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Subject:Re: HTML Editors From:Laurie Rubin <lmr -at- SYL -dot- NJ -dot- NEC -dot- COM> Date:Tue, 18 Jul 1995 14:35:24 -0400
Somewhat dumb thought, but, what do you think about copying source info. from
HTML doc? You see something nice, so you use it in your document...
Do you think that is a form of stealing or plagiarism?
> In my opinion, speciallized HTML editors are more trouble than
> they're worth. I've written lots of HTML code and the best setup
> I've come up with (which works on all platforms) is to create
> the HTML code with a text processor you enjoy working with and
> view the formatted text with a respected HTML browser.
> Create a couple lines of HTML code, and save the file. Open the
> file with the HTML browser to see how it looks. Modify the HTML
> code with the text editor. Save the file. Click reload from the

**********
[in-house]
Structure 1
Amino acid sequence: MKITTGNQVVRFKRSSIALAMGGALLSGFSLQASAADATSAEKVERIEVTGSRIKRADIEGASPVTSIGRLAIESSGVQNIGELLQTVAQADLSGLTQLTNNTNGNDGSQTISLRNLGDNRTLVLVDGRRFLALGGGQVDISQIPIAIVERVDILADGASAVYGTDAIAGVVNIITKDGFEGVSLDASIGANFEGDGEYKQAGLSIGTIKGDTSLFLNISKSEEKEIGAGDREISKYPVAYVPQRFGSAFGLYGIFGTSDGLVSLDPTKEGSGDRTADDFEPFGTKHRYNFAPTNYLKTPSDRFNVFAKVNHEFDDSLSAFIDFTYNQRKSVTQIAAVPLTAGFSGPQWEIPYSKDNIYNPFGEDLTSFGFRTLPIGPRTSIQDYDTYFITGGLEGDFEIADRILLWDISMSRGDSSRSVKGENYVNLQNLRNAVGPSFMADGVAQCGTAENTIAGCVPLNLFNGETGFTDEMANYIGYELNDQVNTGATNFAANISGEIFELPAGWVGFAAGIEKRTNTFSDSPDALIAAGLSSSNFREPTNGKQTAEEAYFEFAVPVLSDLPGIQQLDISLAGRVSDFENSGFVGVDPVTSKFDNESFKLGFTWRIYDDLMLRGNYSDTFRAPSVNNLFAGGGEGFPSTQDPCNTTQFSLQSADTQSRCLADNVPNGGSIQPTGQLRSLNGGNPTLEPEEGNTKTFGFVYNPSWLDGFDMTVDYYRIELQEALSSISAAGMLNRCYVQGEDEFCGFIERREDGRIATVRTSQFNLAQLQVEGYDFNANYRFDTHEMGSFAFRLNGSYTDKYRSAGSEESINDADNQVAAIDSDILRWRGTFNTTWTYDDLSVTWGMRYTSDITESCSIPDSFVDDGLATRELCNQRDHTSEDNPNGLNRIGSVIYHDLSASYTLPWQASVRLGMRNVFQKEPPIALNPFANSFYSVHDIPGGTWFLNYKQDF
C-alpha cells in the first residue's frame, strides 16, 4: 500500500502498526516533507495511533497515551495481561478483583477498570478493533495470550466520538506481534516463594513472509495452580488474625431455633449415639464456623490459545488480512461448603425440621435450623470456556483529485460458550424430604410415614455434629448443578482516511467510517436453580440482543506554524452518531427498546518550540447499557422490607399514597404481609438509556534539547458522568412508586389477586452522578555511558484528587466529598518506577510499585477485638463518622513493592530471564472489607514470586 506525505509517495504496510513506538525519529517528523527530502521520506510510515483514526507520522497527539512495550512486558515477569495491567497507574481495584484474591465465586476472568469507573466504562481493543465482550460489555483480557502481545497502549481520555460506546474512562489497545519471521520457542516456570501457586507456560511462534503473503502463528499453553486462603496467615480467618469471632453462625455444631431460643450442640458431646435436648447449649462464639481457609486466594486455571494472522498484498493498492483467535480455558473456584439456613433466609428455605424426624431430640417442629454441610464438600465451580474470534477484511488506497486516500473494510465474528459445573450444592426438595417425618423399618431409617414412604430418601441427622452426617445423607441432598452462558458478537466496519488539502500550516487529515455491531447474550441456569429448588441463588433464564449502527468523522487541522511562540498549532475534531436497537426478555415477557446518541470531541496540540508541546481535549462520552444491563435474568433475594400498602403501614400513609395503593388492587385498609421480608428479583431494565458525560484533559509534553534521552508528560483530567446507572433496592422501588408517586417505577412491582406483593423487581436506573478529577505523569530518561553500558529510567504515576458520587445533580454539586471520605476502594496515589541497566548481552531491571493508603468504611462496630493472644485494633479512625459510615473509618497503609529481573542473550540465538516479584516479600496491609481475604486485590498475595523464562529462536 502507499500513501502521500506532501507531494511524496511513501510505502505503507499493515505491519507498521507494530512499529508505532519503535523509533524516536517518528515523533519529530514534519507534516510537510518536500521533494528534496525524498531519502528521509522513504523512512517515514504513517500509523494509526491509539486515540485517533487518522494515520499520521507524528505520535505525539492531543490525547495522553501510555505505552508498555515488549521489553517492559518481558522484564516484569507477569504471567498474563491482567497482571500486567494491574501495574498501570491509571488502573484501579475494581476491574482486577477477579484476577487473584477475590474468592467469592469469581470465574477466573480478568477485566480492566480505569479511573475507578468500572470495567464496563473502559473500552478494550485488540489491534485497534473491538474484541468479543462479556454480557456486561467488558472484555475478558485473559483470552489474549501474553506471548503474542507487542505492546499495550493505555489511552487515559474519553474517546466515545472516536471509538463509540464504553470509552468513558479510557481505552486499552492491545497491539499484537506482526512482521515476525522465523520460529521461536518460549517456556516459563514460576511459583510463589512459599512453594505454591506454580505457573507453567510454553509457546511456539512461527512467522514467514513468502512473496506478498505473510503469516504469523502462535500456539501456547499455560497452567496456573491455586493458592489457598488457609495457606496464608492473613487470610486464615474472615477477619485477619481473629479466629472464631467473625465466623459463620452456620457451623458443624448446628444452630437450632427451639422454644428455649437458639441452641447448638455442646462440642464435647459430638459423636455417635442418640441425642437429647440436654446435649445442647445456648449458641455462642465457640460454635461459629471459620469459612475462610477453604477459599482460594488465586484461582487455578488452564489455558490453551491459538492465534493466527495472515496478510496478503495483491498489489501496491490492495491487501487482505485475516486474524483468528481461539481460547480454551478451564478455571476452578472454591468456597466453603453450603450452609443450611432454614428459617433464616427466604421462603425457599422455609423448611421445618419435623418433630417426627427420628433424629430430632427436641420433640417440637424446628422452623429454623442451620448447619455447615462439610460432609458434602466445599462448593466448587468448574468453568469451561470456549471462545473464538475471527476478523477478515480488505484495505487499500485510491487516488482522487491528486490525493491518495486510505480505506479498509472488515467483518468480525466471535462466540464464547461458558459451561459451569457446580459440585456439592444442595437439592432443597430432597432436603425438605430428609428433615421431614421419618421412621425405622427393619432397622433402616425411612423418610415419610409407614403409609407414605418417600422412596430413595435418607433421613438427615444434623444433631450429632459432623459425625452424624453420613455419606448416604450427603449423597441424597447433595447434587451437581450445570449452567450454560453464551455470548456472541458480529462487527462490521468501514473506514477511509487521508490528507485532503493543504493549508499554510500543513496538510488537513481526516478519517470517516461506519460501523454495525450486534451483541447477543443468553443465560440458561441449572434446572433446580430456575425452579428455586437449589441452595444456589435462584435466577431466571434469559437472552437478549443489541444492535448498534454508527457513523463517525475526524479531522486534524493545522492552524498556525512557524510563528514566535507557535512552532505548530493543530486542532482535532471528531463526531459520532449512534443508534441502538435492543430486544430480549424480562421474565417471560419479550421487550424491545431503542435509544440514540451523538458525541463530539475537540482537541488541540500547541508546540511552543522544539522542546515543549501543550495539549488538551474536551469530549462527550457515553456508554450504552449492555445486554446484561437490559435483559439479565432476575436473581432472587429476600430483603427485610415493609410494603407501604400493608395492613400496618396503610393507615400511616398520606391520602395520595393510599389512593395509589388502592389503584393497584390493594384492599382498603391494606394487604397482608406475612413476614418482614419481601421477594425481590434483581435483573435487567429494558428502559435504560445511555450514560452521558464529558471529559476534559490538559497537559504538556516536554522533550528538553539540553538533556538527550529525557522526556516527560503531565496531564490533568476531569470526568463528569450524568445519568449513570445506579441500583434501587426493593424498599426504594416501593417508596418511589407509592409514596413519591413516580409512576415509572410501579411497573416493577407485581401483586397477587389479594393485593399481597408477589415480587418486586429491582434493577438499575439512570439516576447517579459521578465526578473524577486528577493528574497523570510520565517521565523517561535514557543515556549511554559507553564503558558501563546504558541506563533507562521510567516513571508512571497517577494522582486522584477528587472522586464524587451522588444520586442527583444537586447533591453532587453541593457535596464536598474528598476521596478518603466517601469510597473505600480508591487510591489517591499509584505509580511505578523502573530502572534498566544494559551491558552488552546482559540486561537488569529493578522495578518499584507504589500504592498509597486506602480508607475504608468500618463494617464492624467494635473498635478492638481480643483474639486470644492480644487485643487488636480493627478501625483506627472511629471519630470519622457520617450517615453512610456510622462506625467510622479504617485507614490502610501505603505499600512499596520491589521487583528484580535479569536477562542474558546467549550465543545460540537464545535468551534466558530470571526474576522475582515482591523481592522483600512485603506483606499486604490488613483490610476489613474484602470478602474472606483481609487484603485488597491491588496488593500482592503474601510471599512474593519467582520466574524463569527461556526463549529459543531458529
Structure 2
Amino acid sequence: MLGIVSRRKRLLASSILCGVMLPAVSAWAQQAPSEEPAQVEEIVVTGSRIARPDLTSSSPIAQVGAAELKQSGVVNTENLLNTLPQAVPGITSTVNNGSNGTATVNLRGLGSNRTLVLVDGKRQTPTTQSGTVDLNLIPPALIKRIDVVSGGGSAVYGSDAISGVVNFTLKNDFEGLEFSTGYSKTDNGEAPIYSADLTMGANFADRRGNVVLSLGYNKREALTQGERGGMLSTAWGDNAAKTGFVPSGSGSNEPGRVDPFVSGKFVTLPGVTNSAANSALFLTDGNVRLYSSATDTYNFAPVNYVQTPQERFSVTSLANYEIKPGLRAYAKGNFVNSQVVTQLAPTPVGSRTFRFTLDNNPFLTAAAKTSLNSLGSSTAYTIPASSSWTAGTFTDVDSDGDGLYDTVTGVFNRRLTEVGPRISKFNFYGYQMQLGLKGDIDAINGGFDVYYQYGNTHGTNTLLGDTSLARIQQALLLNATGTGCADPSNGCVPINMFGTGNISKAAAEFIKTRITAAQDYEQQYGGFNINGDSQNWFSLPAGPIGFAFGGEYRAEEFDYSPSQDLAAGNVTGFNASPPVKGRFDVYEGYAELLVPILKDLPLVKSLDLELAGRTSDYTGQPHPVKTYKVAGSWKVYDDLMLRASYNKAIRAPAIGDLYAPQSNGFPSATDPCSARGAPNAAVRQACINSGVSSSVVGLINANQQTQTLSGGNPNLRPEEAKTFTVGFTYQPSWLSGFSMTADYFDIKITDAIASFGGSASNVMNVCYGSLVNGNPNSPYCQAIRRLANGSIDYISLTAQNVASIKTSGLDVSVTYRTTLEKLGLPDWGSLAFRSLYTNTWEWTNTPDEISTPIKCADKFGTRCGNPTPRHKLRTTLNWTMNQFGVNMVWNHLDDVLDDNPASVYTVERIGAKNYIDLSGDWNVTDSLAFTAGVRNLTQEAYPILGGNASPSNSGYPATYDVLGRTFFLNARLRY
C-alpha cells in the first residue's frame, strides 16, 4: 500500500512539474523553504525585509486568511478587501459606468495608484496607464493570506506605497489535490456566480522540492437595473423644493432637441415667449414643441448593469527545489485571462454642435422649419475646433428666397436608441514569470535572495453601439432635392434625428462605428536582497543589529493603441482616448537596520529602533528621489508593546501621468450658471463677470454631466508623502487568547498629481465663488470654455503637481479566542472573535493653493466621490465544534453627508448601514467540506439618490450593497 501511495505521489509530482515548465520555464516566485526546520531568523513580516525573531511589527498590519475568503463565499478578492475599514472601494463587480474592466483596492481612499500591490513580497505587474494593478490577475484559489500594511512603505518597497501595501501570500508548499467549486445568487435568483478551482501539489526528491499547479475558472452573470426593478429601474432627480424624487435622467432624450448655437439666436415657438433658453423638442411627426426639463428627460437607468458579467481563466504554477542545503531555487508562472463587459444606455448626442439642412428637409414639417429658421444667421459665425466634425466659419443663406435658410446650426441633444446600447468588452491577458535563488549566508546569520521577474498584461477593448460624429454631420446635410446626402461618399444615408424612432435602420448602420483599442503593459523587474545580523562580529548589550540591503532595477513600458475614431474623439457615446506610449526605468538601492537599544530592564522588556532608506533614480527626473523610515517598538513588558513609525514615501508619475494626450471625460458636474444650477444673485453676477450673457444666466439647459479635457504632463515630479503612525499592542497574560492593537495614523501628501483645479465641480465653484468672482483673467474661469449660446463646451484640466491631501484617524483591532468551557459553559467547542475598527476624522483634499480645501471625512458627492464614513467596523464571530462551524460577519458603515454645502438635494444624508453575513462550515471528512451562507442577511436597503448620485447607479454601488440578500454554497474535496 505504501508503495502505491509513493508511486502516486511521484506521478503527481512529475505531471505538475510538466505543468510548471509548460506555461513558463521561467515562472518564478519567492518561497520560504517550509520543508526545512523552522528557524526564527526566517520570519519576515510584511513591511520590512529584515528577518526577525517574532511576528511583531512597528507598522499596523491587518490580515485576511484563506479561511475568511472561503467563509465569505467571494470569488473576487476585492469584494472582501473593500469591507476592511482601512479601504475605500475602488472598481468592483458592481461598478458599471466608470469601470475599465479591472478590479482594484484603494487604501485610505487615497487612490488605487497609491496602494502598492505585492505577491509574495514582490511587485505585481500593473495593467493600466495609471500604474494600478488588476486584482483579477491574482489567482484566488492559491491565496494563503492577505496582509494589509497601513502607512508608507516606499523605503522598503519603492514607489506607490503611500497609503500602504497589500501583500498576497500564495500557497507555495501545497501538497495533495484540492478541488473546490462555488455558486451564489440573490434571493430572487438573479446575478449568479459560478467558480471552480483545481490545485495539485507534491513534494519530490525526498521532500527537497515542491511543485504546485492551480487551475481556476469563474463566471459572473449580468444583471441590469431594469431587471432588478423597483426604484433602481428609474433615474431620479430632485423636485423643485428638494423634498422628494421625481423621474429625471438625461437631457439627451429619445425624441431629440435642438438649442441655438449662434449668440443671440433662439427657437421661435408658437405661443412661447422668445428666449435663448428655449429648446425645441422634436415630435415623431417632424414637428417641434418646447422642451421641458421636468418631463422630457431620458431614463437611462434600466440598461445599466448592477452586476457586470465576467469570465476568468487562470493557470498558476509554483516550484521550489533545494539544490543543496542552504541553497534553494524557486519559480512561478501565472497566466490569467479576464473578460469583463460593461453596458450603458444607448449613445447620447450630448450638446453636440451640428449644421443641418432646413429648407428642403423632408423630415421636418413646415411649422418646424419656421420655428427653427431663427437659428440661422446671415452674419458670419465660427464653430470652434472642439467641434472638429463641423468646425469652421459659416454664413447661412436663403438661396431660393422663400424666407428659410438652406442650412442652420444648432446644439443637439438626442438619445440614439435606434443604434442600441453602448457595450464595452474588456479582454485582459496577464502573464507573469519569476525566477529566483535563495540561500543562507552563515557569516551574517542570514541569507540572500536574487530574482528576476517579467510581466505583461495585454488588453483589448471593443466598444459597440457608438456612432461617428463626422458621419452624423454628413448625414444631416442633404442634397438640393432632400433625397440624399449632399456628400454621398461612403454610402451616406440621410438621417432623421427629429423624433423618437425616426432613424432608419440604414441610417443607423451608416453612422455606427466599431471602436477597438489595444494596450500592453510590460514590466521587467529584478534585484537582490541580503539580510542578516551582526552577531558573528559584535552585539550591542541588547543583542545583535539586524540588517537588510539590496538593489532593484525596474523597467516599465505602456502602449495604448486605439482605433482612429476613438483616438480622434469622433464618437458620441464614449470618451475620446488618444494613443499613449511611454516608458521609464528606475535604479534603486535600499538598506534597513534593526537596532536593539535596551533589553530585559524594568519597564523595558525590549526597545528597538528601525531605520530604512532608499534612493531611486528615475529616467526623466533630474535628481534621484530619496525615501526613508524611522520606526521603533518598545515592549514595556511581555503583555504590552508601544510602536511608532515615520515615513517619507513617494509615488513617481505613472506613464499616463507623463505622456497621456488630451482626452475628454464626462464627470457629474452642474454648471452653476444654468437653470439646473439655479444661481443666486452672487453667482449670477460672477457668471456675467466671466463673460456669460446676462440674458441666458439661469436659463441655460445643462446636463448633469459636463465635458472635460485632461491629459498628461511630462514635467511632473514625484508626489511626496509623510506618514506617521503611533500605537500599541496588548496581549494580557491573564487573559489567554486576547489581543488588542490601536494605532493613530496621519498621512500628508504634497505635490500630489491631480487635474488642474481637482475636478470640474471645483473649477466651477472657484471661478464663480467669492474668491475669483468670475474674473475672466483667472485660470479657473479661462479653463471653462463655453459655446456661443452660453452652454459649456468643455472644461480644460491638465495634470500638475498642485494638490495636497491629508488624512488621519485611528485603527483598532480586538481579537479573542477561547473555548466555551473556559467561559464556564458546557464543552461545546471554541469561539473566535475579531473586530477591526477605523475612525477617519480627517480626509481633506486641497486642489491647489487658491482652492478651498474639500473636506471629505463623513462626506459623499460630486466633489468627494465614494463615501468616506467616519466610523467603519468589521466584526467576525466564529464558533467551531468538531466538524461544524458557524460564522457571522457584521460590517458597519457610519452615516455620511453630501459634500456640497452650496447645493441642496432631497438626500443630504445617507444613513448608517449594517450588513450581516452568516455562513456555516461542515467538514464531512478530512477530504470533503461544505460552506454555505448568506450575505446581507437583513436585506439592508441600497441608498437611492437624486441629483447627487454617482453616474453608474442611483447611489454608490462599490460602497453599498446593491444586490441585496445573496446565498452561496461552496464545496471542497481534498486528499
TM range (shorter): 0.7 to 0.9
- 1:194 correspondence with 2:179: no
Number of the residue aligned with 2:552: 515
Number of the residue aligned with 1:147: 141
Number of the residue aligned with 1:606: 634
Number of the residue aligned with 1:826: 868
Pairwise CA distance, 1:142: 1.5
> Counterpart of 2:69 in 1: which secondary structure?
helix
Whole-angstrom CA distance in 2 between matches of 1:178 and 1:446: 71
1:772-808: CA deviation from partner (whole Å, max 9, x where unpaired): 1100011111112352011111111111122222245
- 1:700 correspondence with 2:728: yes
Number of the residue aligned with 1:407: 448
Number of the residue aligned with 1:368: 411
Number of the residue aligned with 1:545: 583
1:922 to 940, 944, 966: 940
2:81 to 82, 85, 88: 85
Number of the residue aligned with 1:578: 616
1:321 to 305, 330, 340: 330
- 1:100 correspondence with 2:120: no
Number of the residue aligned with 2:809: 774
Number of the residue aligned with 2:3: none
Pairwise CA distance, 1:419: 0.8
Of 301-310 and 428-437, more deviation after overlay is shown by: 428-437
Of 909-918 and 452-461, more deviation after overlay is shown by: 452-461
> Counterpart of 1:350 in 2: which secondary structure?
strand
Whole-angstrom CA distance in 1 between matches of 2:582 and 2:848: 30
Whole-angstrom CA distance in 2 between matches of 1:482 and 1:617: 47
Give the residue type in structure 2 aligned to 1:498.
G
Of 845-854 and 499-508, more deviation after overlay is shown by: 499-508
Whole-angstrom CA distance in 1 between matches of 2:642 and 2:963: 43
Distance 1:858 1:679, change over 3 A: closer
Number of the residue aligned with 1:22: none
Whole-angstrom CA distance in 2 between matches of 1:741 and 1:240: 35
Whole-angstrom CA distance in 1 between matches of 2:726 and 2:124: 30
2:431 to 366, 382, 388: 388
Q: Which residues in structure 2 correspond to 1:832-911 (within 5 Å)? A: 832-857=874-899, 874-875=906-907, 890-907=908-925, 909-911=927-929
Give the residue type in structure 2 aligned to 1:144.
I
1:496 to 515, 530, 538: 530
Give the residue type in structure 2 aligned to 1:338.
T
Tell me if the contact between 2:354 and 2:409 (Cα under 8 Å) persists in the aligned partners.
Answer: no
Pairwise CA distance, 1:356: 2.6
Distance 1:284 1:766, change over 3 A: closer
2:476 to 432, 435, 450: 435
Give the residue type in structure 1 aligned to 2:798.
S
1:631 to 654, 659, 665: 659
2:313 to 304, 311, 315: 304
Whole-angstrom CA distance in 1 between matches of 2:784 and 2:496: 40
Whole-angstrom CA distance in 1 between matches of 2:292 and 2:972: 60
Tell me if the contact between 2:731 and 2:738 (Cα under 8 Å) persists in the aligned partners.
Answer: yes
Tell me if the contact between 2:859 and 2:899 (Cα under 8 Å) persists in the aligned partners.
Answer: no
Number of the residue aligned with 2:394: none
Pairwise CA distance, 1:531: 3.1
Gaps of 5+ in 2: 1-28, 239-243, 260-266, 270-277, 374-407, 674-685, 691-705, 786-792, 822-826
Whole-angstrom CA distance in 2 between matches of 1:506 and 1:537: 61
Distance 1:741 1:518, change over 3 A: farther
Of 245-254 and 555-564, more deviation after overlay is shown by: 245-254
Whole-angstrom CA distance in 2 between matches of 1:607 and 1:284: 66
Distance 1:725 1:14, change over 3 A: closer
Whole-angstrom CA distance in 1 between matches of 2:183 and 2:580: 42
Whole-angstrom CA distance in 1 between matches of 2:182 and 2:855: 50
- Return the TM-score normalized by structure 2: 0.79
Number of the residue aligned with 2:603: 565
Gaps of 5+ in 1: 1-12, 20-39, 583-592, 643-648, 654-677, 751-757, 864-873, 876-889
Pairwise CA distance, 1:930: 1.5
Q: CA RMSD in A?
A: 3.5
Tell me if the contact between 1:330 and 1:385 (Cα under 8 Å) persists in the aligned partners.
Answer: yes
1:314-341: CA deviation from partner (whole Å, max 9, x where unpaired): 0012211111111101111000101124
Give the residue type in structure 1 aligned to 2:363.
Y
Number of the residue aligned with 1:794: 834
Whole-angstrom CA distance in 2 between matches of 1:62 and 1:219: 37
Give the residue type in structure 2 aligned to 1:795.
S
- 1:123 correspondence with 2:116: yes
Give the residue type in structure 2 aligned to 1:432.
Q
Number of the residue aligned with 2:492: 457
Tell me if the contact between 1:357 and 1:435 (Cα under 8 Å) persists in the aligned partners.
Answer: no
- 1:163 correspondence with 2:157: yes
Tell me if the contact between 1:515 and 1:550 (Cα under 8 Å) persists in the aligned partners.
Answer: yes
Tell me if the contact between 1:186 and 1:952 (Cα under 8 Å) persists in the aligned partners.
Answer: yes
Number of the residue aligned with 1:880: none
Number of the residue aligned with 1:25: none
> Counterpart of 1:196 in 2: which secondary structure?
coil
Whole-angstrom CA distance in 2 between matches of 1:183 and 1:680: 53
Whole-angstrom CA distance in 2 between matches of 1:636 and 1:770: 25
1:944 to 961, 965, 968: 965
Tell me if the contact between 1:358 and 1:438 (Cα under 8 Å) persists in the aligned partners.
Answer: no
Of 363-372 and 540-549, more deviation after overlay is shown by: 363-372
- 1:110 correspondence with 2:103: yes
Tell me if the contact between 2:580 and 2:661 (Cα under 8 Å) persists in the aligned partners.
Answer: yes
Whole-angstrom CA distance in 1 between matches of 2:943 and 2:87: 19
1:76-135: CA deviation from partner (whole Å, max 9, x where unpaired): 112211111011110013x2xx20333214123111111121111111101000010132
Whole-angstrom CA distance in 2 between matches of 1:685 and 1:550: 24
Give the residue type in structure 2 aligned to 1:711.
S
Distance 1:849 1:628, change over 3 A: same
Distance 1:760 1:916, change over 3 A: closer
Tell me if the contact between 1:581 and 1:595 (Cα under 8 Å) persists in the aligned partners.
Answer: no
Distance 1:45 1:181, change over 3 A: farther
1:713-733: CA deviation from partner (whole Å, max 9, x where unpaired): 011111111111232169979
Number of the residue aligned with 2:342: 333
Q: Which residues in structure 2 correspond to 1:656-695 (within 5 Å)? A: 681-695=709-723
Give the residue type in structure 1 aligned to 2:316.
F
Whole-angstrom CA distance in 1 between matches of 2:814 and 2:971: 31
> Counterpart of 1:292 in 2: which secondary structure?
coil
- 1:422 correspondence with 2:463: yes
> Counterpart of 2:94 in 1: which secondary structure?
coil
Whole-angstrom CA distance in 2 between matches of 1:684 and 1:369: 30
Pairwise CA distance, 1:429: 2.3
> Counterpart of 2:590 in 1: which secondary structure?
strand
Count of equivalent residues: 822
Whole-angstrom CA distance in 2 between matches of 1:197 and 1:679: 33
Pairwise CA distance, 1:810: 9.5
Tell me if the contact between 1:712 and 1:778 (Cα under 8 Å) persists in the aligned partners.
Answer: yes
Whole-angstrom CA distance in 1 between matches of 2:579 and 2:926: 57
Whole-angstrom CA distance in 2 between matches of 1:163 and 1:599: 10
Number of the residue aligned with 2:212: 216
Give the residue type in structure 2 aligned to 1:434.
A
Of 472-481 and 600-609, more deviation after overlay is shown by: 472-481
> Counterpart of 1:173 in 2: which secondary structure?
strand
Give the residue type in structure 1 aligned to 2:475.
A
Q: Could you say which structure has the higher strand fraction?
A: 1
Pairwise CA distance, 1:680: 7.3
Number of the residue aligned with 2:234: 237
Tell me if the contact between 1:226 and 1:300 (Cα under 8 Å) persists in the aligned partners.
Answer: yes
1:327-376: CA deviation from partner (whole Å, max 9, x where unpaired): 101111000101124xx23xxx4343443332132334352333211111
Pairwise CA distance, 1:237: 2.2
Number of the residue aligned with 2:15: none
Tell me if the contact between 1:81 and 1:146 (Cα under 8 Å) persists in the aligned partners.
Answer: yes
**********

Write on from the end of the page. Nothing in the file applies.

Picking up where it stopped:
> browser. Repeat 'til done.
> The advantages are:
> 1. You'll be proofing your work with the same tools your
> readers will be using (No need to worry about a buggy
> HTML interpreter)
> 2. You don't have to learn how to edit text in yet another
> text program
> I use Netscape (sometimes Mosaic) and vi under Unix, Netscape
> (sometimes Mosaic) and Norton Deskedit under MS-Windows, and
> Netscape and Saint Edit under the MacOS. All these tools are
> essentially free and can be downloaded with FTP without too
> much trouble. (Norton Deskedit comes with the Norton Desktop
> for Windows, but you could use Microsoft's Desktop Editor just
> as well.)